“It’s done for the sake of administrative convenience,” Piper explains. The government issues one smaller payment to you each month, rather than sending you one payment for Social Security and collecting a payment for Medicare from you.

3 tips to maximize your retirement benefits

To get the most from your Social Security, consider taking these steps.

Delay Claiming

For every year you put off collecting Social Security until age 70, your benefit increases (and the fewer years you’ll collect). The system was created so that it would be what’s called “actuarially neutral” for a single person, says Piper.

“So filing early would be about as good as filing late,” he says. “However, life expectancies have increased, which makes filing later better on average.”

Plan as a Couple

If you’re married, it’s important to calculate benefits based on each of your earnings history and understand how your Social Security income might change should the spouse who is claiming Social Security pass away.

“It's an especially good deal for the higher earner to wait to collect benefits, because doing so increases the amount the household receives per month as long as either spouse is still alive,” says Piper.

Fund a Roth IRA

Because withdrawals from a Roth IRA are tax-free, being able to collect income from a Roth can help you manage your tax bill in retirement. Your contributions are with post-tax dollars, so funding a Roth during your working years may make sense if you expect your tax rate to be higher in retirement. You can also convert a traditional IRA to a Roth, and it may be advantageous to do that after you retire but before you have begun collecting Social Security. That way, you’d have a source of after-tax income, which could increase your take-home amount.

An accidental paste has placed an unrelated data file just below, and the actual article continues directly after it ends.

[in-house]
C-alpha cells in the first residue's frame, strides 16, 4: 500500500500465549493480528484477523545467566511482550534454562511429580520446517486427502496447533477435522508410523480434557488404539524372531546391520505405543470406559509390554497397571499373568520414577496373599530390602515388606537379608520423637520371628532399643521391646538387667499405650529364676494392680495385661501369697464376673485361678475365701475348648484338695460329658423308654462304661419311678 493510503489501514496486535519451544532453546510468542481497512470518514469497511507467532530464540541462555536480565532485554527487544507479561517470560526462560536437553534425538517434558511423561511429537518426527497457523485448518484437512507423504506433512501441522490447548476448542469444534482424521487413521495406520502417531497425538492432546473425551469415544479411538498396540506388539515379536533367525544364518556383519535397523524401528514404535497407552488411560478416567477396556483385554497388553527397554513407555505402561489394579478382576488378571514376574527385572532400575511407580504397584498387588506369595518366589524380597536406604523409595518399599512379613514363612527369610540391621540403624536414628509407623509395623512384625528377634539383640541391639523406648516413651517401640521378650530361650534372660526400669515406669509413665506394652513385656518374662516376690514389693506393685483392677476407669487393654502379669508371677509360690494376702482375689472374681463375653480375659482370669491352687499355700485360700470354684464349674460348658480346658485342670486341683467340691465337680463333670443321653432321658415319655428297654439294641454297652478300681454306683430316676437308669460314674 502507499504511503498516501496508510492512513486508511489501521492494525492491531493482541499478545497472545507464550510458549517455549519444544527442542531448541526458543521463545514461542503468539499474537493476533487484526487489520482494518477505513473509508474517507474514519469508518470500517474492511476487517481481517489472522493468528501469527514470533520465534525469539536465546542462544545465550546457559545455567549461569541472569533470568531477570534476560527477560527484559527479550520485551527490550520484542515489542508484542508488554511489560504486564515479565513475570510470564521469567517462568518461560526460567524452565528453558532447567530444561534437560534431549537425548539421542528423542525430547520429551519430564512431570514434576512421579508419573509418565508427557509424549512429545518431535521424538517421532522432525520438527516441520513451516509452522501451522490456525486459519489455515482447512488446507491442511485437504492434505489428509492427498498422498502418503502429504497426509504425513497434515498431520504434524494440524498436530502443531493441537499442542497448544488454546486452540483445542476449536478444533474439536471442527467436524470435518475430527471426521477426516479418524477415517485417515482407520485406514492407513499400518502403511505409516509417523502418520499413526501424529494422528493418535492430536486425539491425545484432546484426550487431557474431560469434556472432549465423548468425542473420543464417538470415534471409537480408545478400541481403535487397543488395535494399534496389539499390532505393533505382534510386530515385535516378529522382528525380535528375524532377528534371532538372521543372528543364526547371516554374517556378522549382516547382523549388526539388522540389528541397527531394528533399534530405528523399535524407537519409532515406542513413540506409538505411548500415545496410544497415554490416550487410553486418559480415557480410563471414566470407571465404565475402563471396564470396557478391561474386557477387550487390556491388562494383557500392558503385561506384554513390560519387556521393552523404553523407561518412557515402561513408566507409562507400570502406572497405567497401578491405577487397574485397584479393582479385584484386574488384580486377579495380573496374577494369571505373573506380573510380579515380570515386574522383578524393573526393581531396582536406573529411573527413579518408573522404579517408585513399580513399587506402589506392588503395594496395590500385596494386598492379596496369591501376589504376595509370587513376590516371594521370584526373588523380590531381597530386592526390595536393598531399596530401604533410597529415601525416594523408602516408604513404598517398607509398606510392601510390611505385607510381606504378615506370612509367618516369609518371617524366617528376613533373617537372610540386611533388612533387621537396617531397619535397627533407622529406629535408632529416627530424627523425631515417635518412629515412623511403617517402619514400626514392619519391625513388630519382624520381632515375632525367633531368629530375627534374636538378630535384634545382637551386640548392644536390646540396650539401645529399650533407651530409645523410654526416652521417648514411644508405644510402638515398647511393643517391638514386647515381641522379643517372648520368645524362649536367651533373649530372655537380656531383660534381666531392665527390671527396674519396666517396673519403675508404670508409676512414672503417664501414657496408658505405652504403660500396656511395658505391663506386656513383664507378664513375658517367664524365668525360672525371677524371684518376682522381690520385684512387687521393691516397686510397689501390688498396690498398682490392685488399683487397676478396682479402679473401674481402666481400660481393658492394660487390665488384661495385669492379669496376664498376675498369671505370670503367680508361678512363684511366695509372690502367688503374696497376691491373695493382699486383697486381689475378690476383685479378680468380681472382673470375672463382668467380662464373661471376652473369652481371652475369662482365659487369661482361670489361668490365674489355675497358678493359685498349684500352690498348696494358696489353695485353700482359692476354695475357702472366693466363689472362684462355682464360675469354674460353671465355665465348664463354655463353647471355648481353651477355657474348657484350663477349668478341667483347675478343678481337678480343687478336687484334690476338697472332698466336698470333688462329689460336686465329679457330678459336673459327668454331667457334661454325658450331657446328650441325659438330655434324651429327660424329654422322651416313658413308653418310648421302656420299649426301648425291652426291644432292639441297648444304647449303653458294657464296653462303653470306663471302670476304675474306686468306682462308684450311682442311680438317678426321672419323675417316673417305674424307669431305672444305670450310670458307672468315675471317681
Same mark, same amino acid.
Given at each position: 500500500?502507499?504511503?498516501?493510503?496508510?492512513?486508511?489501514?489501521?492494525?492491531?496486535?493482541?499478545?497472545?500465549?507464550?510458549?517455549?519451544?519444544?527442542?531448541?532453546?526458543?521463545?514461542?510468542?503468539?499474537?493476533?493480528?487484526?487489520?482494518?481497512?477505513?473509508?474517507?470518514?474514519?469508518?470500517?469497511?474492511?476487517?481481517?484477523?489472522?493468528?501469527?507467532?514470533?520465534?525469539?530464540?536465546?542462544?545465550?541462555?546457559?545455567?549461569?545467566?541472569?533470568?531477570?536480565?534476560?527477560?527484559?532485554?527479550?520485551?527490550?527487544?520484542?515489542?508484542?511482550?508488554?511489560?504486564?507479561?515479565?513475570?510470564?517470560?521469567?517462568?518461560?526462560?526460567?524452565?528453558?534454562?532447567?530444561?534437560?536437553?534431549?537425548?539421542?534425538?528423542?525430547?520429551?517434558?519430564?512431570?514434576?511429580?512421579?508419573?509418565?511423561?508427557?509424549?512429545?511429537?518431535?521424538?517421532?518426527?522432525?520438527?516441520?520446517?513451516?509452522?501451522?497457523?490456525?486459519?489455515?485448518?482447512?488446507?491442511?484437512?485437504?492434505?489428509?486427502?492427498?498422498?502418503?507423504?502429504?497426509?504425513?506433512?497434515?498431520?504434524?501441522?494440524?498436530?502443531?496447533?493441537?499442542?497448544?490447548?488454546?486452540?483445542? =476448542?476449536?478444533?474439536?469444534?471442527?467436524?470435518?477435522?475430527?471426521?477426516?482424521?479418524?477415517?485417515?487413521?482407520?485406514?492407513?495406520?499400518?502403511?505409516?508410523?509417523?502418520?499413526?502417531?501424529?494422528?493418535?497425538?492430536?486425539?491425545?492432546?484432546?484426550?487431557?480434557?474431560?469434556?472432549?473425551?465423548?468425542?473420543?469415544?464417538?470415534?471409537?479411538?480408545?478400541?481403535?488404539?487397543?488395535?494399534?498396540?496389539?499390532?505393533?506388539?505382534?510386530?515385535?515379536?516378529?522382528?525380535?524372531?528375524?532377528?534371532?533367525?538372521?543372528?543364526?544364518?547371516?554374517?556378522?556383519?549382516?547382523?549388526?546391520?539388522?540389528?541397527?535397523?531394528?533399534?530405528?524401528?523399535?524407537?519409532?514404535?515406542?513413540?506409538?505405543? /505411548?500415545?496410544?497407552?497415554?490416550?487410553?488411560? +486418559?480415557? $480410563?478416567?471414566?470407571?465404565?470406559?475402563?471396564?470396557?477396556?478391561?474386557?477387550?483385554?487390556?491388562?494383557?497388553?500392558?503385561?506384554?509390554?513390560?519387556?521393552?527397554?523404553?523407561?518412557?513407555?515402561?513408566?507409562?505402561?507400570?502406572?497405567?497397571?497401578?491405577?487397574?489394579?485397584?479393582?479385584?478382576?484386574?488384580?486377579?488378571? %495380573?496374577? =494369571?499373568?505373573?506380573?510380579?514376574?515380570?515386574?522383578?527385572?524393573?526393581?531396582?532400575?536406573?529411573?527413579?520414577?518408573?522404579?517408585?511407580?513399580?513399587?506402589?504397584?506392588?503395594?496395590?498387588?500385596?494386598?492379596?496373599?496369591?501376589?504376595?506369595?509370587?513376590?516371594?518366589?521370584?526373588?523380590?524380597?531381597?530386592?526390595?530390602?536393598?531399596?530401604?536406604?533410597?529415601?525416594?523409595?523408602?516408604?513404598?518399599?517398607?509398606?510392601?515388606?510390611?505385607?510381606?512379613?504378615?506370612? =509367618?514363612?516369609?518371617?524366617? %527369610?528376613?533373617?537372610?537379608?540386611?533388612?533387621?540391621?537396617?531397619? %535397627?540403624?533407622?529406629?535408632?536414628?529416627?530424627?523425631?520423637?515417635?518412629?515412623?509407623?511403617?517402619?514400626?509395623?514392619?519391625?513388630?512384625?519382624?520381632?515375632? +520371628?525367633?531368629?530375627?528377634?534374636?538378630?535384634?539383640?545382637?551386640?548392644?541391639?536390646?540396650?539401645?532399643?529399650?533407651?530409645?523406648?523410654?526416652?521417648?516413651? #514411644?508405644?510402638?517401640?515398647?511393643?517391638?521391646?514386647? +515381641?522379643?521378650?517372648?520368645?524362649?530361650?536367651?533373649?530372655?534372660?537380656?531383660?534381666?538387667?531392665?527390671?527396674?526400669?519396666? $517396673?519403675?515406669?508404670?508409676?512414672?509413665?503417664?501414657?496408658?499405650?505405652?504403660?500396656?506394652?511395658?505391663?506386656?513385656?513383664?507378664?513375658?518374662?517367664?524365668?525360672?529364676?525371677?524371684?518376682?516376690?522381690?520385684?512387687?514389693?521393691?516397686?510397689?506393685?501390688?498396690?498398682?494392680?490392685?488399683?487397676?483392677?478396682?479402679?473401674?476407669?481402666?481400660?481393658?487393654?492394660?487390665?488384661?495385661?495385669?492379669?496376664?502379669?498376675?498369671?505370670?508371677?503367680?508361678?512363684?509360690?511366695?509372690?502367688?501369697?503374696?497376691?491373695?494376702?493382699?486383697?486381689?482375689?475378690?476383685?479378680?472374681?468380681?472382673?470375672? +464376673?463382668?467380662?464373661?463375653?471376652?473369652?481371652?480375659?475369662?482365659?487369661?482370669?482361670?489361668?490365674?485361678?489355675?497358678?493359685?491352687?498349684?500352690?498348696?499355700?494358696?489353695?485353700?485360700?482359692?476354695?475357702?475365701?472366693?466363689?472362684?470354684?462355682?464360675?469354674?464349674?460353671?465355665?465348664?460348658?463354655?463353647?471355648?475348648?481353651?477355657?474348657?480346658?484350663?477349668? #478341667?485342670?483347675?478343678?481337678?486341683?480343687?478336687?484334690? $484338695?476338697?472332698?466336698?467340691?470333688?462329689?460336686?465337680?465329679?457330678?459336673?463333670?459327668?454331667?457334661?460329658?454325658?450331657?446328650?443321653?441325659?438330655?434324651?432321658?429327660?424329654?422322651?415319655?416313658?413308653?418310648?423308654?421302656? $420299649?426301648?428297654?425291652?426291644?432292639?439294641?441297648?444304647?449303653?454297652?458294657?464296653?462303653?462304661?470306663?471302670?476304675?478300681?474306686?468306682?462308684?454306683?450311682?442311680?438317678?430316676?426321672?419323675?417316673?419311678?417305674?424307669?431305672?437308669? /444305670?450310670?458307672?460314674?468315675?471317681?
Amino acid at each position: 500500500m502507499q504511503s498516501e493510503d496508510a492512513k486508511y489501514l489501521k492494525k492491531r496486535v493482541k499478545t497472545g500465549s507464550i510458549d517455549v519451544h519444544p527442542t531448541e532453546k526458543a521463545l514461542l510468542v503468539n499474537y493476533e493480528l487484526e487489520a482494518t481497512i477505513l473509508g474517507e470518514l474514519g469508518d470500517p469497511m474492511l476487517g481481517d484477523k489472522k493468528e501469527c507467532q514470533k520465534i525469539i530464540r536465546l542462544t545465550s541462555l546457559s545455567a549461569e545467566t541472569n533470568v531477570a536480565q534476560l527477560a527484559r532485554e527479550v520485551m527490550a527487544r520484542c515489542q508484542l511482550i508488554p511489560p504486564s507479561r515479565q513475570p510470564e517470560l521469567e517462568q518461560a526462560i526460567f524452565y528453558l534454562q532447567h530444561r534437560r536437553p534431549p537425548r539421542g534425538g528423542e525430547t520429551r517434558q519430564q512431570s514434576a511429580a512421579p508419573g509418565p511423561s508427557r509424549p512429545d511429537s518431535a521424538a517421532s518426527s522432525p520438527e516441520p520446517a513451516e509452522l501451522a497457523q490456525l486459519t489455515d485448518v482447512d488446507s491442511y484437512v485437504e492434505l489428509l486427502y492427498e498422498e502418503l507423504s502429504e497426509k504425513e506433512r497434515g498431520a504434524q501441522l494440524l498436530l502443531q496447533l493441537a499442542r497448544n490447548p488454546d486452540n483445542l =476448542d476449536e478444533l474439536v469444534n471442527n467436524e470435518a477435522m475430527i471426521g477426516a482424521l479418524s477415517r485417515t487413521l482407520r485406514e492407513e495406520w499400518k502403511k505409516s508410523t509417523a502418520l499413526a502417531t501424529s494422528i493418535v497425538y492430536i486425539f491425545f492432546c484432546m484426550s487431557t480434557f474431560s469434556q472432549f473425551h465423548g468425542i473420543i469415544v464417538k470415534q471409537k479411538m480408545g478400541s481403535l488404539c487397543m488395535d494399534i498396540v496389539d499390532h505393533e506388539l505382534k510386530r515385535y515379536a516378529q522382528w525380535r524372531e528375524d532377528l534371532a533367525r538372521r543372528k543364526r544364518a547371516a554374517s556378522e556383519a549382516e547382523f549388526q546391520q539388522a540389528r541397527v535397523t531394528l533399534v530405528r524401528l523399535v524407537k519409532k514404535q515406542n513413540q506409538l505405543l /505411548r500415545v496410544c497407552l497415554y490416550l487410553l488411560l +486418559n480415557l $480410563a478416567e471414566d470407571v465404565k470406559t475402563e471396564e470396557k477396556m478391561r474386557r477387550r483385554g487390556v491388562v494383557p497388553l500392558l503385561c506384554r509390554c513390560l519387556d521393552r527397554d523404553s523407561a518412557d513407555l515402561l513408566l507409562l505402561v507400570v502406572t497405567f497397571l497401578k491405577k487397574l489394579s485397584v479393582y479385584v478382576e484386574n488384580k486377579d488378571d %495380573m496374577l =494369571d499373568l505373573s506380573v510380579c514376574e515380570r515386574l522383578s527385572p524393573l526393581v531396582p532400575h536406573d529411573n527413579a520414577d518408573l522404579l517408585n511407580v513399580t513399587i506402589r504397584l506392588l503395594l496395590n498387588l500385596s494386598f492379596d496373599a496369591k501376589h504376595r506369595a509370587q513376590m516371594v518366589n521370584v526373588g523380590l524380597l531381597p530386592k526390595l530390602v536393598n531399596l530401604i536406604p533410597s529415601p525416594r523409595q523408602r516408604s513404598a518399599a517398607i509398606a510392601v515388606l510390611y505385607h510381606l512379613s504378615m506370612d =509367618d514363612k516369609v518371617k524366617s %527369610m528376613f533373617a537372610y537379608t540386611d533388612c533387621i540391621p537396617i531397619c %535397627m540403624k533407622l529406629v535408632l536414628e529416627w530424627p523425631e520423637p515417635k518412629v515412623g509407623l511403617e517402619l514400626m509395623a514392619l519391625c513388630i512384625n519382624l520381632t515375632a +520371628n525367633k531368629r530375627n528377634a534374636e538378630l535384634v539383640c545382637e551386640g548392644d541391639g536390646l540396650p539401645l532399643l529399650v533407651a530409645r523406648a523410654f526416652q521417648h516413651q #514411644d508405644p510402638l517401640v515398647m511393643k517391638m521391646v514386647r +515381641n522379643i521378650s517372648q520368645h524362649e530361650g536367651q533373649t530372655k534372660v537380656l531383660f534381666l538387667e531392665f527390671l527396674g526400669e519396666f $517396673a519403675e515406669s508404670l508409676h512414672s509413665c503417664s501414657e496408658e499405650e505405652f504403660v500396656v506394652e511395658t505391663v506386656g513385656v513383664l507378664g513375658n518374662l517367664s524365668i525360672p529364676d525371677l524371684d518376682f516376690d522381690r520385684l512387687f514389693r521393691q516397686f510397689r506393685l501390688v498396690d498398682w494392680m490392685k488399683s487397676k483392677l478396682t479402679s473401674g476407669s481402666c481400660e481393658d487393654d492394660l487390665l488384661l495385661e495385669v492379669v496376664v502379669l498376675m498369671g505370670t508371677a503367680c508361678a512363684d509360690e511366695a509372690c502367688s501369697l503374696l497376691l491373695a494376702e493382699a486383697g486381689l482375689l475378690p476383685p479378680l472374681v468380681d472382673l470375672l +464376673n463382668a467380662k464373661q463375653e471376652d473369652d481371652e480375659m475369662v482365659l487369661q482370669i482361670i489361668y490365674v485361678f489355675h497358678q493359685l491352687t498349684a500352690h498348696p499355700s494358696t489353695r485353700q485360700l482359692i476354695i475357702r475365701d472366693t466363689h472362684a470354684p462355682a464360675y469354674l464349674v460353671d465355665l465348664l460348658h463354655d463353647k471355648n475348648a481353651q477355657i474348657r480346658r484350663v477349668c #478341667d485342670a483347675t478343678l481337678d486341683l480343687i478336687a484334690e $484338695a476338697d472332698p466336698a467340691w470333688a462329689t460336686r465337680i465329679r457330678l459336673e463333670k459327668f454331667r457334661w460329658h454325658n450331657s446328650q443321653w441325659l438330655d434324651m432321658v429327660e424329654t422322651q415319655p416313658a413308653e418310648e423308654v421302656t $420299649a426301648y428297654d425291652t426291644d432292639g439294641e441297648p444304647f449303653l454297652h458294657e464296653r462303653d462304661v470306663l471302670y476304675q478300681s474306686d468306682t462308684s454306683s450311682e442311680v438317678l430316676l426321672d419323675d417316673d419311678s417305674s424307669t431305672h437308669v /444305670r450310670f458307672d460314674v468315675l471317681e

Article Sources
  1. “Social Security Income,” IRS, https://www.irs.gov/faqs/social-security-income.
  2. “Income Taxes on Social Security Benefits,” Social Security Office of Retirement and Disability Policy, https://www.ssa.gov/policy/docs/issuepapers/ip2015-02.html.
  3. “Income Taxes and Your Social Security Benefit,” Social Security Administration, https://www.ssa.gov/benefits/retirement/planner/taxes.html.
  4. “Pay Part A & Part B premiums,” Medicare, https://www.medicare.gov/your-medicare-costs/pay-part-a-part-b-premiums.

About the Author

Devon Delfino

Devon Delfino

Devon Delfino is a writer who’s covered personal finance—including everything from student loans to budgeting to saving for retirement and beyond—for the past six years. Her financial reporting has appeared in publications like the L.A. Times, U.S. News and World Report, Teen Vogue, Masha

Full bio

Related Content